Tuesday, August 09, 2005

Subway Musicians

Occasionally there is a busker in the Harvard Square T station. They have a captive audience because people have to wait for the train, often for up to fifteen minutes. On the street, of course, people rarely stand and listen for an extended period of time. Thus, buskers get more money in the subway because listeners get more value from the music.

One thing to worry about is overcrowding. Having two musicians in the same platform section would sound terrible, since they are typically amplified and the station is very boomy. But the two might still earn more money than they would playing on the street. It's also more comfortable, air conditioned, etc. So it's regulated. They allow one busker per platform and the busker must have a license, which is obtained with $25, a passport photo, and a trip to "Transit Realty Associates, LLC" during business hours.

One wonders if $25 is the optimal fee. Especially since there is another busking market failure besides overcrowding: it's a public good subject to free-riding. So, if unregulated, there's one source of oversupply (overcrowding) and one source of undersupply (they are underpaid). Street musicians also pick up a lot of gigs and students (for somewhat expensive lessions) by busking. It's not clear that it should be regulated, in this case. Maybe it should be subsidized!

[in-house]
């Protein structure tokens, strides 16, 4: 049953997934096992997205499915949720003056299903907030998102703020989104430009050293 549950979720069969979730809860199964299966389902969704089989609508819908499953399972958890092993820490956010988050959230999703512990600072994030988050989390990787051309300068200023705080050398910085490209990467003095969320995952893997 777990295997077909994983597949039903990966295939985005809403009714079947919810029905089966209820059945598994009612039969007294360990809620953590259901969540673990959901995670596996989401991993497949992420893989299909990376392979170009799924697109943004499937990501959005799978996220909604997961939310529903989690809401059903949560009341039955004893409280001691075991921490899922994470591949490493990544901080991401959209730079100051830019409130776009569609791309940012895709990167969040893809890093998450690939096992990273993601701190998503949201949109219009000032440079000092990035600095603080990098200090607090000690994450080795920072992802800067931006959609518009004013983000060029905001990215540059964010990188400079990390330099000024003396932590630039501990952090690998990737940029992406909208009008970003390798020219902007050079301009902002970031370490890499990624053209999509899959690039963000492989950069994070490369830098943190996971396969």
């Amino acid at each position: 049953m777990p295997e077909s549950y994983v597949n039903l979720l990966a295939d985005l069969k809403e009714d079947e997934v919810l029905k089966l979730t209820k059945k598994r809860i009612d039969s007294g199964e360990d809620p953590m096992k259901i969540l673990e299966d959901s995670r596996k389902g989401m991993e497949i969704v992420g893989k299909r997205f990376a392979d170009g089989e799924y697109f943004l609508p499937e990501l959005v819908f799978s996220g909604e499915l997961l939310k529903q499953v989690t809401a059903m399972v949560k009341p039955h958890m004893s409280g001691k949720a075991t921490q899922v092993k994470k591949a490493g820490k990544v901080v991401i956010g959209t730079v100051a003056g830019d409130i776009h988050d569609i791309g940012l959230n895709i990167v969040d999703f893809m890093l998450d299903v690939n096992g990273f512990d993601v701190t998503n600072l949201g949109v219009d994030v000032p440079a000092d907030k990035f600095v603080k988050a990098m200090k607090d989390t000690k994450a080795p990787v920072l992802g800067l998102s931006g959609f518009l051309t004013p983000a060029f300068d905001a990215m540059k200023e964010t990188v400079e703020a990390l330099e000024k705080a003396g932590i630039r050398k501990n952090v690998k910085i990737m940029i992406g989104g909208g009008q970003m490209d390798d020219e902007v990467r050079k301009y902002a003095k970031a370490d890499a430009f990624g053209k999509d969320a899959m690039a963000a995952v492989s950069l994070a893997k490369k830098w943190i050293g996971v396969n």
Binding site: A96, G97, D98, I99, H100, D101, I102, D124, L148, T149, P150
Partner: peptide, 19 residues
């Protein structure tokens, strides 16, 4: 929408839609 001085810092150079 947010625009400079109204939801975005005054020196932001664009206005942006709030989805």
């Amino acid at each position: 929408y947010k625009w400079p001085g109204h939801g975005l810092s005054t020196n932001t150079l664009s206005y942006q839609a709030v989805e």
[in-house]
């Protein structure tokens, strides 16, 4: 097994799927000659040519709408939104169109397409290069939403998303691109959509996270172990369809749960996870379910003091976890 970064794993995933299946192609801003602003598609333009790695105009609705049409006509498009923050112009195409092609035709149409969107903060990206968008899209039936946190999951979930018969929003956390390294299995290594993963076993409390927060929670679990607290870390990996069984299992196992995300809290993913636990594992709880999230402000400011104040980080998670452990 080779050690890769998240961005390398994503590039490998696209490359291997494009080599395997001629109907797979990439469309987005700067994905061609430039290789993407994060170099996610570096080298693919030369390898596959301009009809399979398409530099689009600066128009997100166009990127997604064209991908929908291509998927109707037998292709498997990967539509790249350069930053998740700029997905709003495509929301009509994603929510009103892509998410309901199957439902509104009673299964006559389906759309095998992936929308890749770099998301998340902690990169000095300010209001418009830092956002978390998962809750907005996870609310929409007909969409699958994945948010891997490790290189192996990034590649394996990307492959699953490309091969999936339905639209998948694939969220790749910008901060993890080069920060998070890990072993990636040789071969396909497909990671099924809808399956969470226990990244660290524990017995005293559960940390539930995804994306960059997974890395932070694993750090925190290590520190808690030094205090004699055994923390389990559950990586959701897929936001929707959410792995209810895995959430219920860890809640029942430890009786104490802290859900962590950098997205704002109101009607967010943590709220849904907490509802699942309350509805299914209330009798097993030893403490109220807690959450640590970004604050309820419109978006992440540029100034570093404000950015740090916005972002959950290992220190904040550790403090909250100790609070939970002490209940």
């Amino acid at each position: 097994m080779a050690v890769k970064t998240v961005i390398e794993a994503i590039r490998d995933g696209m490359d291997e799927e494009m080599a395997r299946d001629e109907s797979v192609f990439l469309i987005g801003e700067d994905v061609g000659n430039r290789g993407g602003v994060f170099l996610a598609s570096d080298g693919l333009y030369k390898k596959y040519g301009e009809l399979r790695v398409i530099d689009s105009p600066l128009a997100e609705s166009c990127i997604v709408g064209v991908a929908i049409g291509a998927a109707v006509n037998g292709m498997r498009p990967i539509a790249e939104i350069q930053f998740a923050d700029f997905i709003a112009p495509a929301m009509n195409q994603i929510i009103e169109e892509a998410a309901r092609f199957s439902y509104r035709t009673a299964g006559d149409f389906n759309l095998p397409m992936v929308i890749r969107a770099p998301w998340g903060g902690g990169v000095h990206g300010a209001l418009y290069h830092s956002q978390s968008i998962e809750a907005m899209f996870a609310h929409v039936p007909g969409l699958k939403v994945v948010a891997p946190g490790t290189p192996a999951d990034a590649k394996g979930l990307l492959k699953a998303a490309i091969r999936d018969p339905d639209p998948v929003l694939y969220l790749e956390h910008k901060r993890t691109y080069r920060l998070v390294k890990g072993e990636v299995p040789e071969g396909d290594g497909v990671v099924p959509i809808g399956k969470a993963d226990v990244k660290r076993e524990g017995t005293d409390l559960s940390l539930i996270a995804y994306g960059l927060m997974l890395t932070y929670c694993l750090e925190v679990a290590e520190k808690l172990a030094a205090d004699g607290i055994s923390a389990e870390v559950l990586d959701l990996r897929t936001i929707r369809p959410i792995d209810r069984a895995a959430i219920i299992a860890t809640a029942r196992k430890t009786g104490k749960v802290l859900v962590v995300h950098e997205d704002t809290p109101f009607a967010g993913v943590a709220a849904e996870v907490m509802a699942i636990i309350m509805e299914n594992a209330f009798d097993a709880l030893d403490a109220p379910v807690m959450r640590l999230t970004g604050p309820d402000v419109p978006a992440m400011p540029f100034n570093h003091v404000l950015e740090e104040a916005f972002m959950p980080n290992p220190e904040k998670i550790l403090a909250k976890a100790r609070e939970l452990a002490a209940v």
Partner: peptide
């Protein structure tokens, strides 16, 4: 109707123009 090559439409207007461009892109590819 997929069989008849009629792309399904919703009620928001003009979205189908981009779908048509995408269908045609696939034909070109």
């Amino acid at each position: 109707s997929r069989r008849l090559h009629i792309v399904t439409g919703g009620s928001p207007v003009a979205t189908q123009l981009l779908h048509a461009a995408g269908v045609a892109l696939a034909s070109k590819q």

Still, some spots are better than others (like the subway as opposed to the street). I think it follows that there should be a higher cost to using the good spots. That doesn't mean that street musicians shouldn't also be subsidized, however. I wonder if the guy who plays in from of the big open-air Au Bon Pain has any relationship to the restaurant.

Anyway, there was an obviously blind (he had a seeing-eye dog) musician today playing the banjo. Would you expect that he would get more or less money than someone who wasn't blind? People might feel sorry for him or think that he must be very talented to be able to play the banjo sans vision and give him more money. Or, they might not feel as guilty about not paying him since he couldn't see who was and wasn't giving him money. As far as I could tell he got a lot more money than the usual, but that could also be because he was playing the banjo, which people seemed to enjoy a lot.


Anonymous dick said...

I once gave my last 12 cents to a blind accordian player in San Francisco. I figured he could do more with it than I since he'd be adding it to his day's take. I knew I'd soon be coming into 5 bucks as I was taking inventory that night at a department store.


8:26 PM  

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